Skip to Main Content View Text-Only

Parks & Recreation

Healthy Parks, Healthy Portland

Phone: 503-823-PLAY (7529)

Fax: 503-823-6007

1120 SW Fifth Ave., Suite 1302, Portland, OR 97204

Sellwood Pool

PROJECT OVERVIEW
Sellwood Pool's bathhouse roof will be replaced with funds from the voter-approved Parks Replacement Bond. The bathhouse will also receive seismic upgrades and other building repairs. Work will be done during the fall and winter to avoid any closures to this seasonal pool. 

Project Manager
Connie Johnson, Connie.Johnson@portlandoregon.gov, (503) 823-5571

Public Involvement Coordinator
Maija Spencer, Maija.Spencer@portlandoregon.gov, (503) 823-5593


PROJECT UPDATE

Portland Parks & Recreation staff presented plans for the roof renovations at the Wednesday, November 4, 2015 meeting of SMILE (Sellwood-Moreland Improvement League). The presentation boards can be seen here.

To receive project updates, sign up here.


PROJECT SCHEDULE

  • Fall 2015 - Winter 2016: Design Process for Roof and Seismic Renovations
  • Spring 2016 - Summer 2016: Construction Documents, Permitting,and Bidding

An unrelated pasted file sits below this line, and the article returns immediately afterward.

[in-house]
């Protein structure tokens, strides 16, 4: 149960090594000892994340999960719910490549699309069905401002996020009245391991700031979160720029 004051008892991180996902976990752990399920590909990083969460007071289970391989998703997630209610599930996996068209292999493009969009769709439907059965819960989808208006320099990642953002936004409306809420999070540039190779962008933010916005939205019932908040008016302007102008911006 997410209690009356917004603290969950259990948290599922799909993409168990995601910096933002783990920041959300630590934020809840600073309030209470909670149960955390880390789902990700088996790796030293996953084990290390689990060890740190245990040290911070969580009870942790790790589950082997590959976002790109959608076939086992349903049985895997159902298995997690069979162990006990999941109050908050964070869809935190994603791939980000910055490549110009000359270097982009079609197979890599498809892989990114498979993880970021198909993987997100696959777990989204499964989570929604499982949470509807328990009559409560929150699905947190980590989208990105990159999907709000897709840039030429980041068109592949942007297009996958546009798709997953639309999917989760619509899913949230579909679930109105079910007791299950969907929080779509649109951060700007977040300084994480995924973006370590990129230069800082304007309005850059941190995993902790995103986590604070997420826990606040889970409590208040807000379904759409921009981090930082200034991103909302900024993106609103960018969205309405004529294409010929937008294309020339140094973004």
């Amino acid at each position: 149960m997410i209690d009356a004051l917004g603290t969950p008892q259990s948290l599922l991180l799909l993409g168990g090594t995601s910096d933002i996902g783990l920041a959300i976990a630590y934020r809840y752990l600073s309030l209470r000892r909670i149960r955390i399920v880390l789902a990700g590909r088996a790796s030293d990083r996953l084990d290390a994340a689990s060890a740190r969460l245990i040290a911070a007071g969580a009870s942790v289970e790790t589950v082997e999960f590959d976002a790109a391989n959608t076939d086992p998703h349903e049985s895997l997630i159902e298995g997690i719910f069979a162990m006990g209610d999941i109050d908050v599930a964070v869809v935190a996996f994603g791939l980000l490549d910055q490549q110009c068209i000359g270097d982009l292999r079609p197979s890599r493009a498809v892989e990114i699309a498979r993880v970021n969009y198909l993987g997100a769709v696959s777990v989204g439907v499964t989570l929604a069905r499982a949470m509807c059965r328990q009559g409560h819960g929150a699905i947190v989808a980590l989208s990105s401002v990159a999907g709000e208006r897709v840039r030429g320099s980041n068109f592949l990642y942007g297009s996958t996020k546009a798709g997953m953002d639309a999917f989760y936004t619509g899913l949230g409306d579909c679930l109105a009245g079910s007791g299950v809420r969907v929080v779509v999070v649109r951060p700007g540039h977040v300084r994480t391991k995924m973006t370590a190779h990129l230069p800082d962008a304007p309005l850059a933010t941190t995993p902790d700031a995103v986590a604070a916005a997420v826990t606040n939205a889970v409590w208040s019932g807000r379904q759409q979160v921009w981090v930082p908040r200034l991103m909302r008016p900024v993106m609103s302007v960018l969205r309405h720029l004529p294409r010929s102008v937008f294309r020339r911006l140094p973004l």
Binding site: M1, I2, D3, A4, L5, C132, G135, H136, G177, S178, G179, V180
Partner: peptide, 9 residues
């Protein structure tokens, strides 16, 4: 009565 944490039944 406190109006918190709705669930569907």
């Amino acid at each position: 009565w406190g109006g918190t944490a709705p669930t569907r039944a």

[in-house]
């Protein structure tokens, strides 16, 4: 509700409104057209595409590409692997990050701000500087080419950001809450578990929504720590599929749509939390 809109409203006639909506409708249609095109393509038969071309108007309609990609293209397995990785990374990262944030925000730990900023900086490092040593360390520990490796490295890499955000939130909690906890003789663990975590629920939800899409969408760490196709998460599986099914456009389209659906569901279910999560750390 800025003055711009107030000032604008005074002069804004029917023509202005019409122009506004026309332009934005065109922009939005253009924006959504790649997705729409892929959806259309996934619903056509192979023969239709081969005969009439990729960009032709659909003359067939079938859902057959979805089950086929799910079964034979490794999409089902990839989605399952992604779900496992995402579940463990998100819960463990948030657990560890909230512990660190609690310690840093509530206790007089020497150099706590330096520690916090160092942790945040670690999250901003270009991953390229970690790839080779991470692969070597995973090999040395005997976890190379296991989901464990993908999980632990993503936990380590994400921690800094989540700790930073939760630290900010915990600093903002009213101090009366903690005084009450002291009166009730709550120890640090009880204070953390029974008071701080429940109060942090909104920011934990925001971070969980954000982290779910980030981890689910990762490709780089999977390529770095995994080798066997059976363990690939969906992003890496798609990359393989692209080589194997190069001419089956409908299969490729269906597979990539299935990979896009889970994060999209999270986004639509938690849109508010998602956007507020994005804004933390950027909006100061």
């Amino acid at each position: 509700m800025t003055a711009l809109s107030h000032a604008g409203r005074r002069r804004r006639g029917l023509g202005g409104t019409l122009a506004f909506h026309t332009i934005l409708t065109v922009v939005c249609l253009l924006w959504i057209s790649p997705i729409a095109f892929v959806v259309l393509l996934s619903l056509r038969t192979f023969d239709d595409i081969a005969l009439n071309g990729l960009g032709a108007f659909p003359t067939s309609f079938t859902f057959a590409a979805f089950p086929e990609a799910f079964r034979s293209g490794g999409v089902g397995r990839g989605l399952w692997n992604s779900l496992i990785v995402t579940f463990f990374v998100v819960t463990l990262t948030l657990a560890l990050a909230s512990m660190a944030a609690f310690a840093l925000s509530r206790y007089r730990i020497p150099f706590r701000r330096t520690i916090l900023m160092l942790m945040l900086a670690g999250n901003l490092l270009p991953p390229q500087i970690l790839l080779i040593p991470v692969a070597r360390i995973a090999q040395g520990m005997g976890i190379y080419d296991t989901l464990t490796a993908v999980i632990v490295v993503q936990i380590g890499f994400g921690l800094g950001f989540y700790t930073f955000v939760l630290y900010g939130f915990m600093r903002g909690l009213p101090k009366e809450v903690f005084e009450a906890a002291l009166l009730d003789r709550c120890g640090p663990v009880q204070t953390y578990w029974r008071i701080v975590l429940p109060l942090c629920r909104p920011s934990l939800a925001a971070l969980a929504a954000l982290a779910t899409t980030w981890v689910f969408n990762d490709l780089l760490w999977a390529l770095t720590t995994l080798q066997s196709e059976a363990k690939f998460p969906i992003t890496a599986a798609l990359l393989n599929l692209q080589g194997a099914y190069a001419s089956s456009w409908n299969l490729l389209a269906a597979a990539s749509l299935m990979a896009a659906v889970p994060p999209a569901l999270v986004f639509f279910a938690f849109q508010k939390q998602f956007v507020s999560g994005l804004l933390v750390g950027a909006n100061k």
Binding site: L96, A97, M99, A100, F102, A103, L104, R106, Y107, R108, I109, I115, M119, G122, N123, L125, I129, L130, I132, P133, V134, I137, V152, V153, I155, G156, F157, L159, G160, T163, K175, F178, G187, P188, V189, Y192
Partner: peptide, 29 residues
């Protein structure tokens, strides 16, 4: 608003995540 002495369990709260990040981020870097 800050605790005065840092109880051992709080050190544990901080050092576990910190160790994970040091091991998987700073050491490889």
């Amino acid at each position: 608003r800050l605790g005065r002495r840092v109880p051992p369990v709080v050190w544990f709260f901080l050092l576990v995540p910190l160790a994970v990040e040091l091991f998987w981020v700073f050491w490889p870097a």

• Fall 2016: Construction - Roof Replacement and Other Repairs

PROJECT BACKGROUND

The Sellwood Park Pool was built in 1910 as a replacement for the municipal bath house which had been at the foot of Jefferson Street. The Jefferson Street bathhouse had once been a floating structure with a slat bottom. It was closed due to increased pollution in the Willamette River. The Sellwood pool was the first structure of its kind in the city. It was a large wooden edifice with a ten-foot board fence around it to provide privacy: girls used the pool one day, boys the next.

The Sellwood Natatorium (aka Bathhouse), an arts and crafts style building, opened to the public in 1929 and still serves pool visitors today. In 1996, funds from the General Obligation Bond Initiative (GOBI) were used to reconstruct the pool and renovate the bathhouse. The bathhouse's lobby, restrooms, dressing areas, and showers received improvements. 

From initial studies of the roof by the architect team in September 2015, it appears the original wood shingles have never been replaced over the past 86 years, and now the roof assembly is in an advanced state of decay and deterioration making repair critical. The roof replacement and other repairs funded by the Parks Replacement Bond will allow this facility to serve pool users for decades to come.